Ecclesiastes Is an Affirmation of Life and the Power of Wisdom, Not an Expression of Despair

Oct. 10 2017

The book of Ecclesiastes—traditionally read in many Jewish congregations on the holiday of Sukkot—purports to be the reflections on life of an aging king, identified as “Kohelet son of David” and traditionally believed to be King Solomon. While the book is often understood by modern readers as being at odds with the rest of the Hebrew Bible, sharing more in common with ancient Greek or pagan thought than with Judaism, Ethan Dor-Shav argues that it in fact rejects pagan attitudes and presents a uniquely Jewish view of life (2004).

Whereas all the great emperors and kings of old strove to achieve eternal life by erecting grand monuments to themselves, Kohelet understands that such attempts are illusory. He is therefore forced to pose the elementary question: if I die anyway, why does anything matter? His first word, however, is not his last. For there are numerous passages in Ecclesiastes that move in the opposite direction. They affirm, for example, the positive value of a joyful life. The same Kohelet who appears to say so often that “all is vanity” [or, in more modern translations, “futility”], also exclaims that “there is nothing better than man rejoicing,” and that “nothing is better for man under the sun than to eat, drink, and be joyful.” . . . Similar verses can also be found that affirm the importance of action in this world, as well as the acquisition of wisdom—verses that do not square well with the belief that all is vanity. . . .

Ultimately, if there is an underlying message in the book of Ecclesiastes, it is this: that only in understanding the transience of life do we attain the beginning of wisdom; and, in turn, only through the wisdom derived from our experience of life can we in some way take part in that which is eternal. The importance of wisdom is mentioned repeatedly in Ecclesiastes. . . . Kohelet realizes that true wisdom is the one thing that is not dependent on transient circumstances. Yet all of the transient circumstances in this world serve as the means of acquiring it. . . .

Neither Solomon’s riches, nor his power, nor even his monumental temple in Jerusalem survived under the sun. What has indeed lasted, however, is the legacy of his wisdom, embodied in the book of Ecclesiastes. This belief in knowledge as the highest form of spirituality has served as the Jewish torch throughout the ages. And no small measure of that light is reflected in the understanding that only ideas can defy time, transforming the world.

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More about: Ecclesiastes, Hebrew Bible, Judaism, Religion & Holidays


When It Comes to Syria, Vladimir Putin’s Word Can’t Be Trusted

July 13 2018

In the upcoming summit between the Russian and American presidents in Helsinki, the future of Syria is likely to rank high on the agenda. Russia’s foreign minister, Sergei Lavrov, has already made clear that Moscow won’t demand a complete Iranian withdrawal from the country. Donald Trump, by contrast, has expressed his desire for a complete U.S. withdrawal. Examining Moscow’s track record when it comes to maintaining its past commitments regarding Syria, Eli Lake urges caution:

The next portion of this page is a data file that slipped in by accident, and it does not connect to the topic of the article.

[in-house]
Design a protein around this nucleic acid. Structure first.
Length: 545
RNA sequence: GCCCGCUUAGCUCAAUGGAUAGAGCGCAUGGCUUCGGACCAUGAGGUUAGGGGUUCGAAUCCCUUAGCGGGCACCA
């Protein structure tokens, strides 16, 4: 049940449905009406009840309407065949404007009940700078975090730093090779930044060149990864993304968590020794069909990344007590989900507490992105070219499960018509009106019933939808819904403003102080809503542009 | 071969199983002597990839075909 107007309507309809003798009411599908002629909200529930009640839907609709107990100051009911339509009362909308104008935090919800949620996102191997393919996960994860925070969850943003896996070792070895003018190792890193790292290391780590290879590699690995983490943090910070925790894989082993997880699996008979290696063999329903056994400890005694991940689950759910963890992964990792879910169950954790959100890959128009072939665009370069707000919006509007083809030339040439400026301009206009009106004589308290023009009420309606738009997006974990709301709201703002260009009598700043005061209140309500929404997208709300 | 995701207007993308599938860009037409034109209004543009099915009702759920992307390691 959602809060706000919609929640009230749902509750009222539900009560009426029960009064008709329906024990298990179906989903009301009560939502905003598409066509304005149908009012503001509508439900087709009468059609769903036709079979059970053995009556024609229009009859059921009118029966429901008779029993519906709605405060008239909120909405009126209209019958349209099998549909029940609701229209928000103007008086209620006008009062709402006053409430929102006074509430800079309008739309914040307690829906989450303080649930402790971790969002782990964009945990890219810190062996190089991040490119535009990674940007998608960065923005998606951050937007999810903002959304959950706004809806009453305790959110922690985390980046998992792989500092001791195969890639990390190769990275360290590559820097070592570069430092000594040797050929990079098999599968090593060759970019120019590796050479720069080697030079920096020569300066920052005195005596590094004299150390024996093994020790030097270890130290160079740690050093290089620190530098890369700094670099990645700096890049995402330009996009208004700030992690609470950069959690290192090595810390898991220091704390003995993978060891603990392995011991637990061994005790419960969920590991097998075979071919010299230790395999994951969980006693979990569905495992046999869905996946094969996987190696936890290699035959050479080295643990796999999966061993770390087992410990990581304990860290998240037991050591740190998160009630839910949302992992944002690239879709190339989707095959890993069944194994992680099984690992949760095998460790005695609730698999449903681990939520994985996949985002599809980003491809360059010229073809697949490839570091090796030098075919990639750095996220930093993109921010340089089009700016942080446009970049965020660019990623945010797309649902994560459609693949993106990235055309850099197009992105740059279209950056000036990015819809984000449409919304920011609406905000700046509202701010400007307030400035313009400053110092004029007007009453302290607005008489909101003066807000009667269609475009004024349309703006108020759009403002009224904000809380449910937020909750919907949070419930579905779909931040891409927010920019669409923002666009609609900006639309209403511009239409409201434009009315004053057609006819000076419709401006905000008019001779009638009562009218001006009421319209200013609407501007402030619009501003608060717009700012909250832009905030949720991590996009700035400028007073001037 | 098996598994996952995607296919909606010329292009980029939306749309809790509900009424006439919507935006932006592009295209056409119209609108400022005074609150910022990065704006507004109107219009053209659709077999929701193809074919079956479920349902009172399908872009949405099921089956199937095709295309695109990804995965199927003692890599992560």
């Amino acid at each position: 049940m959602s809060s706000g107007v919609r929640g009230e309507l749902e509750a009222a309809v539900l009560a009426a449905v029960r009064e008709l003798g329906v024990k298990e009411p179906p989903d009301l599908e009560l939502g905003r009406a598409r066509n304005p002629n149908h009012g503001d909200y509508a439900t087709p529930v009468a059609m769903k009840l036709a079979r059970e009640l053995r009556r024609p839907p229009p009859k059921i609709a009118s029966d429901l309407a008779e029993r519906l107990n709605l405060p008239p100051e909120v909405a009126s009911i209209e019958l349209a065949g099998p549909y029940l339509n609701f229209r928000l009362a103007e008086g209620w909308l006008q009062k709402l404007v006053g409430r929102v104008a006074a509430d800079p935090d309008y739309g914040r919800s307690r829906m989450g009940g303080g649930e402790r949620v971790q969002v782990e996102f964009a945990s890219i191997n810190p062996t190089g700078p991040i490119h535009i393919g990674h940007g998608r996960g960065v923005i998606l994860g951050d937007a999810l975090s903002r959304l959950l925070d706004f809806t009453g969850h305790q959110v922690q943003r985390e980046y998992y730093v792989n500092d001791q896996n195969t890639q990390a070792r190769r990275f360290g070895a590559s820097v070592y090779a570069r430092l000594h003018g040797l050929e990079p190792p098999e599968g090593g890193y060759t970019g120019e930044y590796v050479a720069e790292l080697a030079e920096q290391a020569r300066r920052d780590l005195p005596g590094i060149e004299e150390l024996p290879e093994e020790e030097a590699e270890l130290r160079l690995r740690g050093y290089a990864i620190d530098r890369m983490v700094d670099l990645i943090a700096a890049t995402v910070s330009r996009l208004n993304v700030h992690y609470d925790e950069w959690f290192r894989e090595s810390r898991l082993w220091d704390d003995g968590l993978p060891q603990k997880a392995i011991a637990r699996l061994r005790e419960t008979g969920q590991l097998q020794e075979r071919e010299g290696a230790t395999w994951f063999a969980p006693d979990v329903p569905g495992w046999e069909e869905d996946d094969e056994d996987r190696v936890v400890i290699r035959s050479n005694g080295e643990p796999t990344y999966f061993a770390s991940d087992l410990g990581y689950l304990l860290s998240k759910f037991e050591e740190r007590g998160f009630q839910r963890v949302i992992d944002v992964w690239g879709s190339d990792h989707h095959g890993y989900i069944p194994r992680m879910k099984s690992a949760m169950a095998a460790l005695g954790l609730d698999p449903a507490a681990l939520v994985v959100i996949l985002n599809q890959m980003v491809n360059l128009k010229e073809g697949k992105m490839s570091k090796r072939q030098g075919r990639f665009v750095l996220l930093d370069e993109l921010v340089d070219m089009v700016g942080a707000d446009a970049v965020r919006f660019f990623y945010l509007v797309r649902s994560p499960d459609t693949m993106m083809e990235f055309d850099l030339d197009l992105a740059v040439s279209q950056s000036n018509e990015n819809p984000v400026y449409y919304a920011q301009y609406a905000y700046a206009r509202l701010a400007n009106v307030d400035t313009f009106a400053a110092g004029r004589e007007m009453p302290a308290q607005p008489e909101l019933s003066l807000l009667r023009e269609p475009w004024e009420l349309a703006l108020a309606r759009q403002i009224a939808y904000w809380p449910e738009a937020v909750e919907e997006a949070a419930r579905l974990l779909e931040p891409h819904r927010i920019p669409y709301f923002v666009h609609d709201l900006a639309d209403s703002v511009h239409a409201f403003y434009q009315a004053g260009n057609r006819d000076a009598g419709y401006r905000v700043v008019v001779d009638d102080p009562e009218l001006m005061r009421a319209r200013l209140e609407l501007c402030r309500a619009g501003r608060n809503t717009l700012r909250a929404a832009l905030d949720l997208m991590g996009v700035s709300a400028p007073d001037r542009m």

Secretary of State John Kerry spent his last year in office following Lavrov all over the world in an attempt to create a U.S.-Russian framework for resolving the Syrian civil war. He failed. . . . President Trump [now] wants to get to know Putin better—and gauge his willingness to help isolate Iran. This is a pointless and dangerous gambit. First, by announcing his intention to pull U.S. forces out of the country “very soon,” Trump has already given away much of his leverage within Syria.

Ideally, Trump would want to establish a phased plan with Putin, where the U.S. would make some withdrawals following Iranian withdrawals from Syria. But Trump has already made it clear that prior [stated] U.S. objectives for Syria, such as the removal of the dictator Bashar al-Assad, are no longer U.S. objectives. The U.S. has also declined to make commitments to give money for Syrian reconstruction.

Without any leverage, Trump will have to rely even more on Putin’s word, which is worthless. Putin to this day denies any Russian government role in interfering in the 2016 U.S. election. Just last month, Putin went on Austrian television and lied about his government’s role in shooting down a Malaysian airliner over Ukraine. Why would anyone trust Putin to keep his word to help remove Iran and its proxies from Syria?

And this gets to the most dangerous possible outcome of the upcoming summit. The one thing that Kerry never did was to attempt to trade concessions on Syria for concessions on Crimea, the Ukrainian territory that Russia invaded and annexed in 2014. There was a good reason for this: even if one argues that the future of Ukraine is not a high priority for the U.S., it’s a disastrous precedent to allow one nation to change the boundaries of another through force, and particularly of one that signed an agreement with the U.S., UK, and Russia to preserve its territorial integrity in exchange for relinquishing its cold-war-era nuclear weapons.

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More about: Crimea, Donald Trump, Politics & Current Affairs, Russia, Syrian civil war, U.S. Foreign policy, Vladimir Putin